The “VPNs are going to be blocked in China” story seems to get written at least once a year. Eventually, it might actually come true. In a story first reported by Bloomberg (citing anonymous government sources) but since corroborated by South China Morning Post, China’s major state-owned telecom companies have been ordered to block access to VPNs beginning February 1, 2018.
If you’re living in China and reading Radii, then you probably already know what a VPN is, but for anyone else reading (Hi, Mom! I’ll be home for your birthday!), a VPN refers to a Virtual Private Network. This is a system that allows computer users to circumvent China’s Internet censorship (commonly referred to as the “Great Firewall” [GFW]) and access blocked parts of the global Internet such as Facebook, Google, YouTube, the New York Times, and PornHub.
The upside from the perspective of the Party for blocking VPN services is, of course, greater control over China’s Internet Sovereignty, which has been a major issue for Chairman Xi Jinping. By all accounts, Xi believes the previous Hu-Wen administration was dangerously lax in its controls on expression, organization, media, and Internet guidance. The recent use of overseas news outlets and social media by opponents of Party leaders (looking at you, Guo Wengui!) has also raised the stakes for controlling access beyond the Great Firewall.
The result of all this has been a series of policies which can be best classified under the technical terms “Random Dickishness in Areas of Expression and the Media” and “General Internet Fuckage.” This has led, somewhat inevitably, to the rumored VPN ban, which had previously been considered something of a nuclear option for China’s net ninnies.
Nuclear options are nuclear for a reason: they come with significant costs, which I’ll list below in increasing order of importance.
— It will be an enormous inconvenience for international residents, visitors, and companies in China who rely on VPNs to do business with the rest of the world. This matters very little in the government’s calculus of banning VPNs. It won’t matter one bit whether foreigners still can post on Instagram or not. In the grand scheme of things (think: 1.4 billion people) there are too few foreigners as a percentage of Internet users, and if the last five years have taught us anything, it’s that the Chinese government under Xi Jinping could give two spoonfuls of gopher shit about what makes the foreigners in China happy.
— It might rekindle the controversy over whether China’s Internet protocols represent an unfair trade barrier under WTO rules. Last April, the United States Trade Representative (USTR) listed Chinese Internet rules as a potential trade barrier. It’s one of the few tools at the disposal of foreign governments to pressure China on the issue of Internet censorship. On the other hand, the Chinese government generally wipes its ass with WTO threats. The government has also argued through its various organs that they will continue to censor the global Internet so long as that global Internet contains values which the Chinese government deems “Western” and “Dangerous.”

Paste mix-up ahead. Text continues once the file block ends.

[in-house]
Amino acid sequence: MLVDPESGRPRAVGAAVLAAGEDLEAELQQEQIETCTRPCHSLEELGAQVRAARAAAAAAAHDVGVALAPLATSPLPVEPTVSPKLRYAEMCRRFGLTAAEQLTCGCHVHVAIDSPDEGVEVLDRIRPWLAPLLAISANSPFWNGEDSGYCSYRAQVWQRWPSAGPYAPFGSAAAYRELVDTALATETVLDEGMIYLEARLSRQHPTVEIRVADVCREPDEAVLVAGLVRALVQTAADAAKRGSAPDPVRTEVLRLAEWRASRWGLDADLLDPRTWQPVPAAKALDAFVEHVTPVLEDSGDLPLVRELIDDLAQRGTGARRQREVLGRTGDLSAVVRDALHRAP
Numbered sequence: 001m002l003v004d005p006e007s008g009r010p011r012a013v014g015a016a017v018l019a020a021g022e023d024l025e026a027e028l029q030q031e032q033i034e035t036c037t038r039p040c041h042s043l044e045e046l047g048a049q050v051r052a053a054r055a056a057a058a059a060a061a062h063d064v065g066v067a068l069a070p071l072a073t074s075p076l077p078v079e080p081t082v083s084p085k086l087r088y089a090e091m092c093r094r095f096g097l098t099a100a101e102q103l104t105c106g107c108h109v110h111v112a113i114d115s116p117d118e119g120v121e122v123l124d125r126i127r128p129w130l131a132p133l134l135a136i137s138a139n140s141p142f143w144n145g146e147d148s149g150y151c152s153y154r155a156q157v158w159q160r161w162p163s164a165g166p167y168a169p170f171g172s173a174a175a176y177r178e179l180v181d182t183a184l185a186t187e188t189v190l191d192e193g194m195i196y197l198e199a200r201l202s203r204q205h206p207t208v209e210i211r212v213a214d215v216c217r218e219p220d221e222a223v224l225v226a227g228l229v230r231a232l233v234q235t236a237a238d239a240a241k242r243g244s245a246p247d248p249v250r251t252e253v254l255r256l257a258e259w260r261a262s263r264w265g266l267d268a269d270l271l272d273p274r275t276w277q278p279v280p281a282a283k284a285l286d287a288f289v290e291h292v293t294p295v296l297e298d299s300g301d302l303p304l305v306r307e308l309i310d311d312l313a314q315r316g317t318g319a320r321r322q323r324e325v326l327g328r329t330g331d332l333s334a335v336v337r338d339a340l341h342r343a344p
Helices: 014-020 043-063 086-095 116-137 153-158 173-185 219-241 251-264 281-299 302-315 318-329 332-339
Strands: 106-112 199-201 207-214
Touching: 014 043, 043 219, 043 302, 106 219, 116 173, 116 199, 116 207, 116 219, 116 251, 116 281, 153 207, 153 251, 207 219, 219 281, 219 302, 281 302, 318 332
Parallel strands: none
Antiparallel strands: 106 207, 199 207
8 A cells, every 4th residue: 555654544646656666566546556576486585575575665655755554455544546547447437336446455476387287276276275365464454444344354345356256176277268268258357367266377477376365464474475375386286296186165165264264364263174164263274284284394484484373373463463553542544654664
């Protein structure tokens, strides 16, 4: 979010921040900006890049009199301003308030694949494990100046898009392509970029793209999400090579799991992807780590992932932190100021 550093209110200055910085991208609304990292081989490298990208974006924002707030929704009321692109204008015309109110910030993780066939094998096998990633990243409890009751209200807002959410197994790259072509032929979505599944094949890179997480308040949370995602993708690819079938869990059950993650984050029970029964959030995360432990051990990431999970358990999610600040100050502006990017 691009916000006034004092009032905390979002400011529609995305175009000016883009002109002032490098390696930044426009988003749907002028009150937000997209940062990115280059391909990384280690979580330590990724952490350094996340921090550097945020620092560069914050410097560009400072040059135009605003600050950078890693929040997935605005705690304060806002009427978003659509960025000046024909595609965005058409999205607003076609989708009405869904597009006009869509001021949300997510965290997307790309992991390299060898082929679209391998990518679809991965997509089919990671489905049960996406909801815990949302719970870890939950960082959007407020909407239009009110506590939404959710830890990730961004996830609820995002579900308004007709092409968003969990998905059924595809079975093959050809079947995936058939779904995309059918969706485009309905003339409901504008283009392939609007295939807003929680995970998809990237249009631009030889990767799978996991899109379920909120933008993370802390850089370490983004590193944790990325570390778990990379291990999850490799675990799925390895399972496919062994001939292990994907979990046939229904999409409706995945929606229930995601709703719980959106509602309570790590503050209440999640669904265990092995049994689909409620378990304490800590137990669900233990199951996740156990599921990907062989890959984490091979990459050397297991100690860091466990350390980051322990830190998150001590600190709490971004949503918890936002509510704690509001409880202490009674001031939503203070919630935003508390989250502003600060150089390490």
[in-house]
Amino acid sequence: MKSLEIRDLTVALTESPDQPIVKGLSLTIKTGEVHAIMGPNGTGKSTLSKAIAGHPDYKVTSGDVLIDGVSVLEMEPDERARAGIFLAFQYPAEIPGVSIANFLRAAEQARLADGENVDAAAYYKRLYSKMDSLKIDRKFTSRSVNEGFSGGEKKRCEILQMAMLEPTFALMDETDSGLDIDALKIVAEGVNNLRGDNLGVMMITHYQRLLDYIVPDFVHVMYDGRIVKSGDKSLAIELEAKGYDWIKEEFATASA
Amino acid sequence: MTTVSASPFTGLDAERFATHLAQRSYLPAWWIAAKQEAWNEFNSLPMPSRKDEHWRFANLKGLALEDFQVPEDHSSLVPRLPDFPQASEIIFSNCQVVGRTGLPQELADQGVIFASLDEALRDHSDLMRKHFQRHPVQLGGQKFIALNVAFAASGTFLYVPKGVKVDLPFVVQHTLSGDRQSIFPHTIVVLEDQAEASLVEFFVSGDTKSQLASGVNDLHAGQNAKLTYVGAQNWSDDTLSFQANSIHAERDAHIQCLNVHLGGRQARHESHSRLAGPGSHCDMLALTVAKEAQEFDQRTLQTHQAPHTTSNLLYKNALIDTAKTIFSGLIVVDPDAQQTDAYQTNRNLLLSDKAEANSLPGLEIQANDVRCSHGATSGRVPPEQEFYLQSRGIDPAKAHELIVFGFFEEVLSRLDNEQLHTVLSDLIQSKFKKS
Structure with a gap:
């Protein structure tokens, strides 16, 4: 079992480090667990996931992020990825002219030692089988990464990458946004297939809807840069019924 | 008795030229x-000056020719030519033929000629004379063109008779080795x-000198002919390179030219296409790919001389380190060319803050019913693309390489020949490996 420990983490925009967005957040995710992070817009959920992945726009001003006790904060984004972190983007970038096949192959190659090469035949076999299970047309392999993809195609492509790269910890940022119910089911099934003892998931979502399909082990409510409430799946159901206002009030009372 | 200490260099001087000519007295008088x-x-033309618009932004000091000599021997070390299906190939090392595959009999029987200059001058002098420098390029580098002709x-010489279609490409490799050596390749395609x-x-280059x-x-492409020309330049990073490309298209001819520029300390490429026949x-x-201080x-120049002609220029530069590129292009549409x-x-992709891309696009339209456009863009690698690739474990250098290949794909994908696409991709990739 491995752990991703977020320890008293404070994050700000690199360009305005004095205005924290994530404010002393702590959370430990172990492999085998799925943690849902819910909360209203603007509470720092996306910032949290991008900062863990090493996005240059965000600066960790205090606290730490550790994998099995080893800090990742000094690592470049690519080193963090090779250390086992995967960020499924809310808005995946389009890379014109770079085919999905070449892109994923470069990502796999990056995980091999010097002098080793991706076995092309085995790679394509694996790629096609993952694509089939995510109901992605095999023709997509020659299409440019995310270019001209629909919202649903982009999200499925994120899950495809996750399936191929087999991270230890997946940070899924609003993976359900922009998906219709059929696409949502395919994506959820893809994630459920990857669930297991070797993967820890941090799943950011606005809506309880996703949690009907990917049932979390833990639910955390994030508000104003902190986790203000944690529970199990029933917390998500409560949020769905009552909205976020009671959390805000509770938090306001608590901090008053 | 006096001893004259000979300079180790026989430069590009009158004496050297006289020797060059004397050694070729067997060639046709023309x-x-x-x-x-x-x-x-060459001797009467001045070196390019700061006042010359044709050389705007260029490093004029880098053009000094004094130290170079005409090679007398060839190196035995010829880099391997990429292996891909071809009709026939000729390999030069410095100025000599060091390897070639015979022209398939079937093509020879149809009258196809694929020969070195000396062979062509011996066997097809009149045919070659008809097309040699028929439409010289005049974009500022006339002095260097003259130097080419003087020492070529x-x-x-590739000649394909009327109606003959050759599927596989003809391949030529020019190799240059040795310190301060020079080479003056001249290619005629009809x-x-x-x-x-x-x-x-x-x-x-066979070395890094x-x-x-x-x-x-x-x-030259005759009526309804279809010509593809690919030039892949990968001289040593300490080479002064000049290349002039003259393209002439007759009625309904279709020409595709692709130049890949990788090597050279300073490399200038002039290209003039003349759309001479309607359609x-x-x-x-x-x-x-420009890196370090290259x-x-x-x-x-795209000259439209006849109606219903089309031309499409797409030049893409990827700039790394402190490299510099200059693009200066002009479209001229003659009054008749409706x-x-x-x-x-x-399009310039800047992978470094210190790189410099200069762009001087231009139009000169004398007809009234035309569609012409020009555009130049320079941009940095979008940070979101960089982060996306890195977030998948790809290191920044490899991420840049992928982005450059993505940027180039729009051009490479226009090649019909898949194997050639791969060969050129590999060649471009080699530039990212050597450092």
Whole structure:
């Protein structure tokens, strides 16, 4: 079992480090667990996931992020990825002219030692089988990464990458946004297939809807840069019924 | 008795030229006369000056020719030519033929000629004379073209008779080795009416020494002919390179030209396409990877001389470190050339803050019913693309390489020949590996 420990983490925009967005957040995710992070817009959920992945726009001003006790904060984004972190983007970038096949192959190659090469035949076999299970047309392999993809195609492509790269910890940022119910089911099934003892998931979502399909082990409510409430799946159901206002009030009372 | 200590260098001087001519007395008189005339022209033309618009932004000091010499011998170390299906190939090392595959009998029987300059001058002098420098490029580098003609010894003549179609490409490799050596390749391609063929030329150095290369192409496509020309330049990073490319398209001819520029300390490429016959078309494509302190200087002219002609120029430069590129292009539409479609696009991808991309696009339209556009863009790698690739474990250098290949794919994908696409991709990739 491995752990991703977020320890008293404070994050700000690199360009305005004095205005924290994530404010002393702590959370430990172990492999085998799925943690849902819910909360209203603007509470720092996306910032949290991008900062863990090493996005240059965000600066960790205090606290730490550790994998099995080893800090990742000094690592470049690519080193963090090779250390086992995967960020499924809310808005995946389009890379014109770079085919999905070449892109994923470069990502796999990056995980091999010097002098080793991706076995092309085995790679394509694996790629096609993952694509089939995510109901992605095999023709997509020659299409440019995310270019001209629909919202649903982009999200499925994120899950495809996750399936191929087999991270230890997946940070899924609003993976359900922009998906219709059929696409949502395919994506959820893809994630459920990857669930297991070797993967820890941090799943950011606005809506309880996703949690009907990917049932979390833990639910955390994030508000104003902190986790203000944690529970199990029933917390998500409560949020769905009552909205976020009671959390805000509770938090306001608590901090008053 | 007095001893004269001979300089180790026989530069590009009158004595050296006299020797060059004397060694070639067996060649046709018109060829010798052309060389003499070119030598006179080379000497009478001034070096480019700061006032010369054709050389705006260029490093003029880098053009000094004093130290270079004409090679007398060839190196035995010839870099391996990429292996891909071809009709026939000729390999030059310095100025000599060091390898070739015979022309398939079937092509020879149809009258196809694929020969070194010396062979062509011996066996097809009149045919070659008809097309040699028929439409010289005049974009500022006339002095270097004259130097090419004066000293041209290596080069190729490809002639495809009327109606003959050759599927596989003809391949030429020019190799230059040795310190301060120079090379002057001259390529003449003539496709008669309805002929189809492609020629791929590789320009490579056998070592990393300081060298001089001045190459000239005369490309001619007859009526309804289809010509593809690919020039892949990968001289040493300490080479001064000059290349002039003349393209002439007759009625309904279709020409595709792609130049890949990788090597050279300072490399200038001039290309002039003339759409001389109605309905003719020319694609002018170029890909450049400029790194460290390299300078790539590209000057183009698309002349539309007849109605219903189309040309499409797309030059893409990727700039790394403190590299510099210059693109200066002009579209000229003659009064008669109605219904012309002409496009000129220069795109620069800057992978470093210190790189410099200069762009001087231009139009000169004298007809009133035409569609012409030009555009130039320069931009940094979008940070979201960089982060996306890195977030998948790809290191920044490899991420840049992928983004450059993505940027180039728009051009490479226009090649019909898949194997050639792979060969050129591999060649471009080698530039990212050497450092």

— It will somewhat inconvenience Chinese Internet users who need VPNs to do research, apply for schools overseas, and to do business globally. I say “somewhat” because many Internet users in China never use a VPN. In an article published in the MIT Review last year, Beijing-based journalist Christina Larson argued that China provided some of the world’s best Internet experiences (in terms of domestic Internet ecosystem) and some of the worst (in terms of global connectivity). The suitability and ubiquity of so many of the domestic Internet platforms and sites makes it easier for the government to block overseas equivalents. Who cares about Facebook and Instagram when you have WeChat?
But many people, particularly those who travel overseas or have returned from abroad, do use VPNs. This group – while relatively small as a percentage of Internet users – are for the most part members of China’s urban elite, a rising middle and upper class of increasingly sophisticated consumers and citizens who have been among the Party’s biggest supporters. (Party: “We keep the peasants on the farm until it’s time for them to clean your house and deliver your takeout!” Urban Elite: “We won’t notice that our kids can’t run 100 meters outside without coughing up blood and that the apartment we bought 10 years ago is already falling apart!” Together: “DEAL!”)
But what happens when that same urban elite can’t complete their kid’s application to Dartmouth because some stray bit of code or keyword on the Dartmouth site is causing that page to be blocked? Despite the relative small size of this group, the Party takes an outsized interest in keeping the urban elite on their side. Will this group be happy to have junior seek his future at Hebei Polytech because they can’t access certain sites or services overseas? Maybe. Maybe not.